Winter Weather on the Streets

By Colleen Sinsky

For the past week, temperatures in Portland have been dipping below freezing each night. Being from Southern California, scraping ice off my windshield in the morning is a pretty exciting battle against Mother Nature, and about as close as I’d prefer to get to the elements at this time of year. This morning as I walked from my car to the JOIN office I passed by a group of our homeless folks huddled outside waiting for our day space to open at 10am. Not that I’m living in luxury as a full-time volunteer, but that stark contrast between our lives continues to blindside me.

While writing this I took a break to catch up with “Adrian” who until recently camped in a beautiful forested area overlooking downtown Portland. When I visited his camp it was summer, and I was amazed at what a secluded and well-kept camp he kept. Talking about winter there though, he said “It just sucks. I had to use about four sleeping bags and a bunch of quilts to be able to sleep. As soon as I woke up, I’d high-tail it to a warm bus.” Adrian got his sleeping bags from organizations around town, including JOIN who receive donations of warm gear to pass out during winter. Lately, Quinn and Lio and I have taken the van out downtown to give sleeping bags and blankets to people sleeping on “the 2 C’s- Cardboard and Concrete” during these chilly nights. Adrian is now living in an apartment and is really appreciating being indoors this winter, but we could always use donations of warm blankets and sleeping bags for the many people still sleeping outside.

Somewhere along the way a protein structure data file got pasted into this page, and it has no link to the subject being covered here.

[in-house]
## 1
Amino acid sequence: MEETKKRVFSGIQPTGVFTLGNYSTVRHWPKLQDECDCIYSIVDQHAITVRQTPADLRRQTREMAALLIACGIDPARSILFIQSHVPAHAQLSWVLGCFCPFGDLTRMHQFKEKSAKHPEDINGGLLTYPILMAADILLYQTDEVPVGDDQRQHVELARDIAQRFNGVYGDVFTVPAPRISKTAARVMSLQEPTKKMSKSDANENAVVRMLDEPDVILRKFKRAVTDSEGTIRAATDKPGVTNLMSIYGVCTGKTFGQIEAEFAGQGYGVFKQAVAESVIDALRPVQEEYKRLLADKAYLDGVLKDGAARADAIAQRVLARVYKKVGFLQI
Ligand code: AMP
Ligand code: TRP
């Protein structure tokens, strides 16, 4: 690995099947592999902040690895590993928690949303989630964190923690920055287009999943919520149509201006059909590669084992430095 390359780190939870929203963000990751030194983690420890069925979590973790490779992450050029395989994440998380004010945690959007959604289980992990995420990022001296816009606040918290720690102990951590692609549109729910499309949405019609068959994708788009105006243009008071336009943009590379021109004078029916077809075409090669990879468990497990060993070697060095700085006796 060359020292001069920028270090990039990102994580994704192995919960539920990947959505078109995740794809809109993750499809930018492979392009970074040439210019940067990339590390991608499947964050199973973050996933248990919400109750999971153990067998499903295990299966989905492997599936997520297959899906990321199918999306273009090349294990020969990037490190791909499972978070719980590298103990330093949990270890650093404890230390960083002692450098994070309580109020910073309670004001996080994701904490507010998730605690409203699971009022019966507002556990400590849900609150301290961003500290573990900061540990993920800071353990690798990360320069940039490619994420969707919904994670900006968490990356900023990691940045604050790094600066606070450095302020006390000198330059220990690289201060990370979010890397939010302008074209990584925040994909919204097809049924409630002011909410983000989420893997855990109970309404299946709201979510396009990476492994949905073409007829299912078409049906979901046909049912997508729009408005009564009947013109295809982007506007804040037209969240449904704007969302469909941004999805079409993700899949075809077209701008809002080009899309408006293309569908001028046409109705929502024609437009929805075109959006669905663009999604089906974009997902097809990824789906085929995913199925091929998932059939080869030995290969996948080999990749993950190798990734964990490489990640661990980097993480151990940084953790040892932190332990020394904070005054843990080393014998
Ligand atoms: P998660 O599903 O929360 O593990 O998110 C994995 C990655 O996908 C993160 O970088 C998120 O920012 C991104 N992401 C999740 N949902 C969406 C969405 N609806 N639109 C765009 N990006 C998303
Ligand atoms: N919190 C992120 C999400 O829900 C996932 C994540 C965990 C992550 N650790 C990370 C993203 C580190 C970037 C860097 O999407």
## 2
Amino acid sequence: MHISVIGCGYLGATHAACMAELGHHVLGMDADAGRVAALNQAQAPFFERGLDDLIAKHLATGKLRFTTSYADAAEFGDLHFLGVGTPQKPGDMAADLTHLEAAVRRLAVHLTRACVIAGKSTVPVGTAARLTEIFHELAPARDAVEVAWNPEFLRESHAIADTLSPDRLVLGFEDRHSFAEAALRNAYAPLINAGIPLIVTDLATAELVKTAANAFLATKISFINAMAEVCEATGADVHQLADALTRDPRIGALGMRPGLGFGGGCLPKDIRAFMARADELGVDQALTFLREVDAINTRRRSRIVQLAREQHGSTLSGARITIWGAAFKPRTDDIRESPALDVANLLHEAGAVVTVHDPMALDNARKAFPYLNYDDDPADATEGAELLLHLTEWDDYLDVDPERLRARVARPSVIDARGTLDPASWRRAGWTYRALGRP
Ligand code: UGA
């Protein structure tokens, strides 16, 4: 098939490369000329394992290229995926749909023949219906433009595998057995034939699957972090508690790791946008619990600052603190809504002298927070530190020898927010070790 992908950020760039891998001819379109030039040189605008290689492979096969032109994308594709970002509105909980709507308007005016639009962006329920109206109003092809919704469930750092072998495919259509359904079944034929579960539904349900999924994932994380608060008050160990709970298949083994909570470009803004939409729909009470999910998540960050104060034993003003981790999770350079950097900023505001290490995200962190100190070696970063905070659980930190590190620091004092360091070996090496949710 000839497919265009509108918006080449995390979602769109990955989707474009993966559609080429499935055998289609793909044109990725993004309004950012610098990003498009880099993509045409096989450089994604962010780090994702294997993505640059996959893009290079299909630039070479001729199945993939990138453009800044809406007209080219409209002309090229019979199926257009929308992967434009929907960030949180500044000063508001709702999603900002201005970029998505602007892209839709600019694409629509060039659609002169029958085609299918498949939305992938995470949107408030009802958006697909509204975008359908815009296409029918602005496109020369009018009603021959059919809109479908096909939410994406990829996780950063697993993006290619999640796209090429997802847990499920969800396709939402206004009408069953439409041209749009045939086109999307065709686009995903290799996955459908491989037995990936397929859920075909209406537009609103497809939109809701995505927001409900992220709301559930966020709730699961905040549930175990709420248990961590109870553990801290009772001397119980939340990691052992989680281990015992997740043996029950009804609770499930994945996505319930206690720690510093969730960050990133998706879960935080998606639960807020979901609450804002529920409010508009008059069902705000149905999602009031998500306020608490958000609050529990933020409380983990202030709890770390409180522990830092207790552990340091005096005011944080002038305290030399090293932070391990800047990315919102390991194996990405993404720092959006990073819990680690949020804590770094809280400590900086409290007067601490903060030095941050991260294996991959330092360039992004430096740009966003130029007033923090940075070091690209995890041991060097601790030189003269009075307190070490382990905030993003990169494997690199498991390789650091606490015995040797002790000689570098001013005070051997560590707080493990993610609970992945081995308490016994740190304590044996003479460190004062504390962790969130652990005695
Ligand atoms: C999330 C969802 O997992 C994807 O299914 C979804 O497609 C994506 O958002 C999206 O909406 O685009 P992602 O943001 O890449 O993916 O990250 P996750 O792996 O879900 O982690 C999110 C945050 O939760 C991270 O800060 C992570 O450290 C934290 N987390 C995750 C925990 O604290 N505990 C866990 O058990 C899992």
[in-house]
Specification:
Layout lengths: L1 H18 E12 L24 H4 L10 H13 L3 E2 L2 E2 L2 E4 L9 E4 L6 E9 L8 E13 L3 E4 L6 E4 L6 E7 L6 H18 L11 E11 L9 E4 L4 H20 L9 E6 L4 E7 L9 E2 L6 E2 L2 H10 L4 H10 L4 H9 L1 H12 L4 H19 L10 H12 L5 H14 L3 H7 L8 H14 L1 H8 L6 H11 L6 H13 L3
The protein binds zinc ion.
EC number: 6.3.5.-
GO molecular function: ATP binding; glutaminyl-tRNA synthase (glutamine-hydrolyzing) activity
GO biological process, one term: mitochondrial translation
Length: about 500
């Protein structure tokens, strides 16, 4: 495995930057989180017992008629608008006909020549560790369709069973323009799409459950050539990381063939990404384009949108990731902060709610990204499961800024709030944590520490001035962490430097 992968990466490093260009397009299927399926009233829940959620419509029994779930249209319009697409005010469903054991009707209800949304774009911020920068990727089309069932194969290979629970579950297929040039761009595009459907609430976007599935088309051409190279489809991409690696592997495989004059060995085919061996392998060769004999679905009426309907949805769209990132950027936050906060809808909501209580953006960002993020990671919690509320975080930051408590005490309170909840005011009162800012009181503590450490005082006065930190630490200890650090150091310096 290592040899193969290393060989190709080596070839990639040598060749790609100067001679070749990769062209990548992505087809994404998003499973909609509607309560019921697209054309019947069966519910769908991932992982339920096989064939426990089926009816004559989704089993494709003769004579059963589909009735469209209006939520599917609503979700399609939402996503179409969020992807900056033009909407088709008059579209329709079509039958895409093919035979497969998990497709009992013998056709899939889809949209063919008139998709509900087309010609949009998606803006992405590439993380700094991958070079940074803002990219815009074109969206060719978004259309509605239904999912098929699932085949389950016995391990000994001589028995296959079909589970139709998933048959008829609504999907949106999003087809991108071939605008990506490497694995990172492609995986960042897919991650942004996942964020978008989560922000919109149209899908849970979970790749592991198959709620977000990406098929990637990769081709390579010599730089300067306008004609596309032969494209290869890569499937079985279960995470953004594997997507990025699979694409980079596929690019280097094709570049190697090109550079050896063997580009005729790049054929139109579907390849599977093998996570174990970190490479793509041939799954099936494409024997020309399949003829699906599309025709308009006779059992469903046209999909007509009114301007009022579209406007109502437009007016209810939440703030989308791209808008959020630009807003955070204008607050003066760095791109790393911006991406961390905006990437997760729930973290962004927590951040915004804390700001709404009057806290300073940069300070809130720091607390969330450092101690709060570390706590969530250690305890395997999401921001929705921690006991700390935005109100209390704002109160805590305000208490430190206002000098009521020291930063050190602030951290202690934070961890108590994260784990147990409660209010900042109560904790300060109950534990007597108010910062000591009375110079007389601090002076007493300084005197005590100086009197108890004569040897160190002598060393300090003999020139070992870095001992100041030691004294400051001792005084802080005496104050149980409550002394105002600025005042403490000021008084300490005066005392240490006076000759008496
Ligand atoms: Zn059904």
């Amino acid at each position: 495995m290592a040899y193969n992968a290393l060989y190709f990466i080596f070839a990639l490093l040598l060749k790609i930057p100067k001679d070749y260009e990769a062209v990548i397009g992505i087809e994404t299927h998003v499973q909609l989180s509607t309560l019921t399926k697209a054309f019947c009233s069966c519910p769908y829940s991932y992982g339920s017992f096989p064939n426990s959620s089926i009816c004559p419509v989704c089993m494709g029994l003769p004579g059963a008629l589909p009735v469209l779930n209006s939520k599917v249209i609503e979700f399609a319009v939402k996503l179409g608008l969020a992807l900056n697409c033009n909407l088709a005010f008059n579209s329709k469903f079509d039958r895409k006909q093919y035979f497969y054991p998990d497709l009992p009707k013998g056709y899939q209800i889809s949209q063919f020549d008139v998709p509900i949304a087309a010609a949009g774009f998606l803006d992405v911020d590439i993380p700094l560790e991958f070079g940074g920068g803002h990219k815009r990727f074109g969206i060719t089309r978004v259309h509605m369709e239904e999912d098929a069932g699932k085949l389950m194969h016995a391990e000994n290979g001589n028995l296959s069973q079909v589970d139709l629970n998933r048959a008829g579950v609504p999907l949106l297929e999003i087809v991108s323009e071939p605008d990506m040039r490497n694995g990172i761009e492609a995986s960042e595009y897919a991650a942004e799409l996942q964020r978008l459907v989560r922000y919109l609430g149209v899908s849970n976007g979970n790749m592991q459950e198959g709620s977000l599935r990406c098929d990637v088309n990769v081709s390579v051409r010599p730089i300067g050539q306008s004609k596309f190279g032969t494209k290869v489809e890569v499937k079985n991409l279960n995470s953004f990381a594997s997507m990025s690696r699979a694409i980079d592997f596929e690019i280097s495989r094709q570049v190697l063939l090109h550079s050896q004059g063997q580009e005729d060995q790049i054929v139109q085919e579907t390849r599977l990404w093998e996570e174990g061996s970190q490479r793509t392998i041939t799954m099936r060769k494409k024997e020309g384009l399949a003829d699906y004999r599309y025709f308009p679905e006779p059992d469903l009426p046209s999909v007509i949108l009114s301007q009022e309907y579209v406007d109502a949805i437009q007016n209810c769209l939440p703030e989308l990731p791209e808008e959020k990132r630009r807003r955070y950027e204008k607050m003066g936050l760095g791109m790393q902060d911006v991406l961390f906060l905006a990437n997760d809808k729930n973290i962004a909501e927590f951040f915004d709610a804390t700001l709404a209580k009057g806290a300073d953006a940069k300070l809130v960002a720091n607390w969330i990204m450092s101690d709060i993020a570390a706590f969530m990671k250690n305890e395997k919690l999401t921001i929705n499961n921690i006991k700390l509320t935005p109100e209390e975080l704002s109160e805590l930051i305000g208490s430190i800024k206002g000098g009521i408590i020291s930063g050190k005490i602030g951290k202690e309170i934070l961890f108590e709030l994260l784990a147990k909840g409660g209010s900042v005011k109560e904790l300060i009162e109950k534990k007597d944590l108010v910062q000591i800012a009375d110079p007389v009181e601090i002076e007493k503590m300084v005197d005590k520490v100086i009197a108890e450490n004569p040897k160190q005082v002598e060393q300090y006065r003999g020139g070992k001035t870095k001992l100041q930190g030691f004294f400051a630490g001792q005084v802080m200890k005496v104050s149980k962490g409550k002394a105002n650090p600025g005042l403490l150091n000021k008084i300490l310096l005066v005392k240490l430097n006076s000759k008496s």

Cold temperatures make the experience of living outside exponentially more uncomfortable, and at times dangerous. According to a 2008 survey by Portland’s Bureau of Housing and Community Development, the Vulnerability Index, 14% of homeless individuals in Portland had medical issues related to cold exposure. During severe winter weather, the county opens emergency warming shelters operated by the Red Cross that will accept anyone (and pets) for the night. According to 211info “The criteria used to determine a Severe Weather Alert and the corresponding opening of Red Cross emergency warming centers is: A low temperature predicted at or below 22° F, or three or more nights predicted at or below 25° F.” I imagine I’d still be pretty uncomfortable spending hours on end outside in weather outside of this when the usual warming shelters are full.

We’re all lucky right now that at least this unusually cold snap is a dry one. Unfortunately this won’t be the case all winter, and it won’t be long before we’re dealing with ice storms and snow- when tarps become a lifesaving resource on the streets.